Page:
Shutting the Drawer: What Happens When a Book Doesn’t Sell?

This essay, by Edan Lepucki, originally appeared on The Millions on 8/23/11.

In May, after my novel manuscript had been read and rejected by a healthy number of editors, my husband rewrote my author bio. It read as follows:

Edan Lepucki was born in Lodz, Poland, in 1981. He currently lives in East Bushwick.

As an American woman living in an uncool neighborhood in Los Angeles, I thought this hilarious. I also wondered — not entirely seriously, and not entirely in jest — if the revision might help my situation. My situation being that my agent had begun submitting my book nine months prior (not that I was keeping track), and it remained unsold. Admittedly, there had been close calls with two different editors, but, as everyone knows, almost only counts in horseshoes and hand grenades. I was in the same place I’d been back in September. That is, unpublished. The waiting game was starting to char my soul; if you drew a finger across it and put that finger to your tongue, it would taste bitter. Joking with my husband (“Now that I’m nursing, I’ll send them a new author photo, cleavage and all!”) was one of the few coping mechanisms I had left in me.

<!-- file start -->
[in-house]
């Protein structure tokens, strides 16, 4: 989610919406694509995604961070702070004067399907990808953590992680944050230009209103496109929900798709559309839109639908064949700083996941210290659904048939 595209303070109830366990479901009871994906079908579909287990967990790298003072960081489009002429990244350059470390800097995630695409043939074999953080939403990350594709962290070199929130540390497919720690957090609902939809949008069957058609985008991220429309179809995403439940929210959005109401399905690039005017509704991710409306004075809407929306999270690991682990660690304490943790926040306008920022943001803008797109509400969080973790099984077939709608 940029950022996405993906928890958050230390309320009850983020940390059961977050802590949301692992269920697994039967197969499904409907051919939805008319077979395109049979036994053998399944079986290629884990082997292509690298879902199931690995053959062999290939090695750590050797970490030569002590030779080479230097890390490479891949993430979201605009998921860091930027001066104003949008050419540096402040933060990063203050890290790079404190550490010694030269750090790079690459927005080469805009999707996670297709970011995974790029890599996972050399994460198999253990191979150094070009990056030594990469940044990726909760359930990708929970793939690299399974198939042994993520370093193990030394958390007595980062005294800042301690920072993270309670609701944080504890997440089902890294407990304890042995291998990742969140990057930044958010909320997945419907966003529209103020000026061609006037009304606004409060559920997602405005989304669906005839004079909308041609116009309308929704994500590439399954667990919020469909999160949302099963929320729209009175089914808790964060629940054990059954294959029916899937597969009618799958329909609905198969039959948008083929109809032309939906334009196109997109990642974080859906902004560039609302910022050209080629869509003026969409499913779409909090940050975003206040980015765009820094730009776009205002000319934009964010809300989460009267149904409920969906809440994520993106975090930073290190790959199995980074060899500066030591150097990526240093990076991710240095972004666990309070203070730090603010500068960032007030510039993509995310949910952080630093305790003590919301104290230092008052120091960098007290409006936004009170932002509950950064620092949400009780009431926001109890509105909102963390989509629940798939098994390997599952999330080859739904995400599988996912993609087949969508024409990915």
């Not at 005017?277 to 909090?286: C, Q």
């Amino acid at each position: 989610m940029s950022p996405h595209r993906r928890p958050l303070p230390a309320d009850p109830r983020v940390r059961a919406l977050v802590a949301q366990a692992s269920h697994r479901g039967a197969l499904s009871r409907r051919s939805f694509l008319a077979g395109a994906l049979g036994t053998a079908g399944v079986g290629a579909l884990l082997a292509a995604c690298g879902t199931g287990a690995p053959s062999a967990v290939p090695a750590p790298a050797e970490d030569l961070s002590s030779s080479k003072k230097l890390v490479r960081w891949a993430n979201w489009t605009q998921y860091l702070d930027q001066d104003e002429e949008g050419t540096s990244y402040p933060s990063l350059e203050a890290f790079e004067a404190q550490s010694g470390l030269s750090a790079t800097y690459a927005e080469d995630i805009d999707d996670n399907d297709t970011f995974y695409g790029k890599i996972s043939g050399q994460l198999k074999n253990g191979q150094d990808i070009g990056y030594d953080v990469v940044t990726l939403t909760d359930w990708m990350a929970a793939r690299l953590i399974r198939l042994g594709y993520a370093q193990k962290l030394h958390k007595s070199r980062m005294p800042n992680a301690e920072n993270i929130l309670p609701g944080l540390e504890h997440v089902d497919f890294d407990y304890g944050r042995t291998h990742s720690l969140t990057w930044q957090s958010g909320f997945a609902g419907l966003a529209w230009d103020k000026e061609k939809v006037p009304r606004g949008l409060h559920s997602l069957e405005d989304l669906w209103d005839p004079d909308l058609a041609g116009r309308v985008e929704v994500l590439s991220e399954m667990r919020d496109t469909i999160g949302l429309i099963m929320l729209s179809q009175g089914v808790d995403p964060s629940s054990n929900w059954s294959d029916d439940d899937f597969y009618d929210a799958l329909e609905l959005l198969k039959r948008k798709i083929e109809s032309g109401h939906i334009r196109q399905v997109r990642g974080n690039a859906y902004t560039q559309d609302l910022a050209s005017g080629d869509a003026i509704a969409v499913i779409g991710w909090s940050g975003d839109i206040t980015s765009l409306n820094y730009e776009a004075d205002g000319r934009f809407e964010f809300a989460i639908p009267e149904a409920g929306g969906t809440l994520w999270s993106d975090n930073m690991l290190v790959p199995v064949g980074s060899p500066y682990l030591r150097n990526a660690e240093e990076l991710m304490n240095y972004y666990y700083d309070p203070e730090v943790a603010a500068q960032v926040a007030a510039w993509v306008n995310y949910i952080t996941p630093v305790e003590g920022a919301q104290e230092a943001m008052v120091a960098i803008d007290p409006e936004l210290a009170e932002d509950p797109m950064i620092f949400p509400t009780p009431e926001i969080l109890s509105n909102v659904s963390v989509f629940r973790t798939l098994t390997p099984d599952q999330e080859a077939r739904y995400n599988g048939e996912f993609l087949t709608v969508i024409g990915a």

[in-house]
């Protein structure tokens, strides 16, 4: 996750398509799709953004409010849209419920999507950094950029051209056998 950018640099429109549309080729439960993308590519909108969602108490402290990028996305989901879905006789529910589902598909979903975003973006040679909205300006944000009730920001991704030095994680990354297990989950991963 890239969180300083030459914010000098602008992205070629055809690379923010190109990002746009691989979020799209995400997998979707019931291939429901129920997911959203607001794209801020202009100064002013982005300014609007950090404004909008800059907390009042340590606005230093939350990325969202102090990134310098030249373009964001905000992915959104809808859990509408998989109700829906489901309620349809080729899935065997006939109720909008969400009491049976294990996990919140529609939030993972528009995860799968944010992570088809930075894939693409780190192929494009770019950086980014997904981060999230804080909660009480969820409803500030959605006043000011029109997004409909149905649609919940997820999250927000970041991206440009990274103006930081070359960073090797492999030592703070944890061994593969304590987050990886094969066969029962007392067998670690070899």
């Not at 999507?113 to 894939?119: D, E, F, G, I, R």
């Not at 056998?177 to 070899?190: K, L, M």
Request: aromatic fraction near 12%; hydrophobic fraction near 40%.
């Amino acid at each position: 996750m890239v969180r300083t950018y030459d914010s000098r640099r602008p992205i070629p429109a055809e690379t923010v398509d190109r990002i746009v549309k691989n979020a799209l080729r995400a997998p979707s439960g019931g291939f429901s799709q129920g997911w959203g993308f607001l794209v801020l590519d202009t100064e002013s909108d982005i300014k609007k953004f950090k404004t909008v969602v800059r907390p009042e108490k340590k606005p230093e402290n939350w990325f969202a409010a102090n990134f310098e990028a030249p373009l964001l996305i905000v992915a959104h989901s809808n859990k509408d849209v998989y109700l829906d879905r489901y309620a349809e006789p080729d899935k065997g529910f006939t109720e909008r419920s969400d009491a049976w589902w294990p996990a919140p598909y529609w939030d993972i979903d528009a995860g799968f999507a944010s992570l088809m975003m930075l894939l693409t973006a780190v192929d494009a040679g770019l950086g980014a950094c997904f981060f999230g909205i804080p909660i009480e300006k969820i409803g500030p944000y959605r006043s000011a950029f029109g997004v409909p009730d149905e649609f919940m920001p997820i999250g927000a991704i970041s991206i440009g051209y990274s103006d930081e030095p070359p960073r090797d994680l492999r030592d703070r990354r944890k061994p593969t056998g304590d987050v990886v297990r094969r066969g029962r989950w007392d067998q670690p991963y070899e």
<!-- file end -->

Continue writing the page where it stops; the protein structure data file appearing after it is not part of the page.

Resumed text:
Now that it’s almost September (“If anyone in publishing actually worked in the summer, I would’ve sold my book by now!”), the jokes aren’t as funny. The truth is, my novel isn’t selling, and it probably won’t. There, I’ve said it. Eventually, a writer must accept rejection, accept the death of her first true darling, and move on. Can I face that sobering reality? Can I put my first book into the drawer, and shut it?

Others have done it before me. There’s a long and rich history of successful writers whose first (second, third…) books didn’t see the light of day. I remember when Myla Goldberg came to speak to the Creative Writing Department at Oberlin. She explained that Bee Season was actually her second novel. “My first,” she told us wide-eyed undergraduates, “you’ll never read.” At twenty, I thought this terribly tragic. In the New York Times Sunday Book Review, Dan Kois wrote about novelists who abandoned books for one reason or another: Michael Chabon’s infamously unfinished tome, Fountain City, for instance, and the burned pages of Gogol and Waugh. But the differences between these authors and myself are important. Firstly, they all had dazzling careers, failed book or not. I can’t (yet…) say the same for myself. Secondly, these authors decided to kill their books, whereas my darling was murdered.


Read the rest of the essay on The Millions.

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